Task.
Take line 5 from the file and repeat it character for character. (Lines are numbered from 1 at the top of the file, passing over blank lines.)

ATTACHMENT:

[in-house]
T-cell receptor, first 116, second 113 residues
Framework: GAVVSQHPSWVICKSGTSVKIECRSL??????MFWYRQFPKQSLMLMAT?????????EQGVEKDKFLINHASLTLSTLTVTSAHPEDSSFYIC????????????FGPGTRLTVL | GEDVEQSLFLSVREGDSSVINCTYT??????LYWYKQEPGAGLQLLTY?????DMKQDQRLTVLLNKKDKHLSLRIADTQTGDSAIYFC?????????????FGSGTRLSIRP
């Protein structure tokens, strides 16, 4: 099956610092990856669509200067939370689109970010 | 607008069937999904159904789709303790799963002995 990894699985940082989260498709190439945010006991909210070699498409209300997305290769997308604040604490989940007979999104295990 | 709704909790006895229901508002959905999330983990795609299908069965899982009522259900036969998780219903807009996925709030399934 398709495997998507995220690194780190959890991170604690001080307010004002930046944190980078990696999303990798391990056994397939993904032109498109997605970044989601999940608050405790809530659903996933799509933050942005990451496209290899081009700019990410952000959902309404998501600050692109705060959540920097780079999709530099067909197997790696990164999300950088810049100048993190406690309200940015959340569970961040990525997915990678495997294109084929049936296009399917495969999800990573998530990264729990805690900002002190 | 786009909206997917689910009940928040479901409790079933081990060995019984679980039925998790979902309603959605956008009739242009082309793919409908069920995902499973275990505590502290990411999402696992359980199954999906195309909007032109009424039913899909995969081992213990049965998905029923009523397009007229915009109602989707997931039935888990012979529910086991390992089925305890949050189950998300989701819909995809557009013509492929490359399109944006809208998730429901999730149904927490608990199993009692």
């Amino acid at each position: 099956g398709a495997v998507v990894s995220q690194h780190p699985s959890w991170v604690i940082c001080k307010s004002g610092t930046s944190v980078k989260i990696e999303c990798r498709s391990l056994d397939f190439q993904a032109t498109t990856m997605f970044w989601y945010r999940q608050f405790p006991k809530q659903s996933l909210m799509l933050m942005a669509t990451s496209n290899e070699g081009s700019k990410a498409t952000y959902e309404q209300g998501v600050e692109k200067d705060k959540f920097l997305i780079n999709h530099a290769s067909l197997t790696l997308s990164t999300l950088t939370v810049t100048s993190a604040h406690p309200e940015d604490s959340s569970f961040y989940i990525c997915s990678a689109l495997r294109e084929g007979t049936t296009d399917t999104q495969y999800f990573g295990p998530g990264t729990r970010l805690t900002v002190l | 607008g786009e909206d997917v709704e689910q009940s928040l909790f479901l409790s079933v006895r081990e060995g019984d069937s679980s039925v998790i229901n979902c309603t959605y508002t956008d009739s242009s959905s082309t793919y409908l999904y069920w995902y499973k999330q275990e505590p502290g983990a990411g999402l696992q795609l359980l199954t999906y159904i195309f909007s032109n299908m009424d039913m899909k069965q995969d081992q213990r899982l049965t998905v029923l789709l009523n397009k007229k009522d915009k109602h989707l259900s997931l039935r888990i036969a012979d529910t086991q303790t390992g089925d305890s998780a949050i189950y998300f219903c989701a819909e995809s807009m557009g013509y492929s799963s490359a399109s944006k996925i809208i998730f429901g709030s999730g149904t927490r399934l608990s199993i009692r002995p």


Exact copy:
């Amino acid at each position: 099956g398709a495997v998507v990894s995220q690194h780190p699985s959890w991170v604690i940082c001080k307010s004002g610092t930046s944190v980078k989260i990696e999303c990798r498709s391990l056994d397939f190439q993904a032109t498109t990856m997605f970044w989601y945010r999940q608050f405790p006991k809530q659903s996933l909210m799509l933050m942005a669509t990451s496209n290899e070699g081009s700019k990410a498409t952000y959902e309404q209300g998501v600050e692109k200067d705060k959540f920097l997305i780079n999709h530099a290769s067909l197997t790696l997308s990164t999300l950088t939370v810049t100048s993190a604040h406690p309200e940015d604490s959340s569970f961040y989940i990525c997915s990678a689109l495997r294109e084929g007979t049936t296009d399917t999104q495969y999800f990573g295990p998530g990264t729990r970010l805690t900002v002190l | 607008g786009e909206d997917v709704e689910q009940s928040l909790f479901l409790s079933v006895r081990e060995g019984d069937s679980s039925v998790i229901n979902c309603t959605y508002t956008d009739s242009s959905s082309t793919y409908l999904y069920w995902y499973k999330q275990e505590p502290g983990a990411g999402l696992q795609l359980l199954t999906y159904i195309f909007s032109n299908m009424d039913m899909k069965q995969d081992q213990r899982l049965t998905v029923l789709l009523n397009k007229k009522d915009k109602h989707l259900s997931l039935r888990i036969a012979d529910t086991q303790t390992g089925d305890s998780a949050i189950y998300f219903c989701a819909e995809s807009m557009g013509y492929s799963s490359a399109s944006k996925i809208i998730f429901g709030s999730g149904t927490r399934l608990s199993i009692r002995p």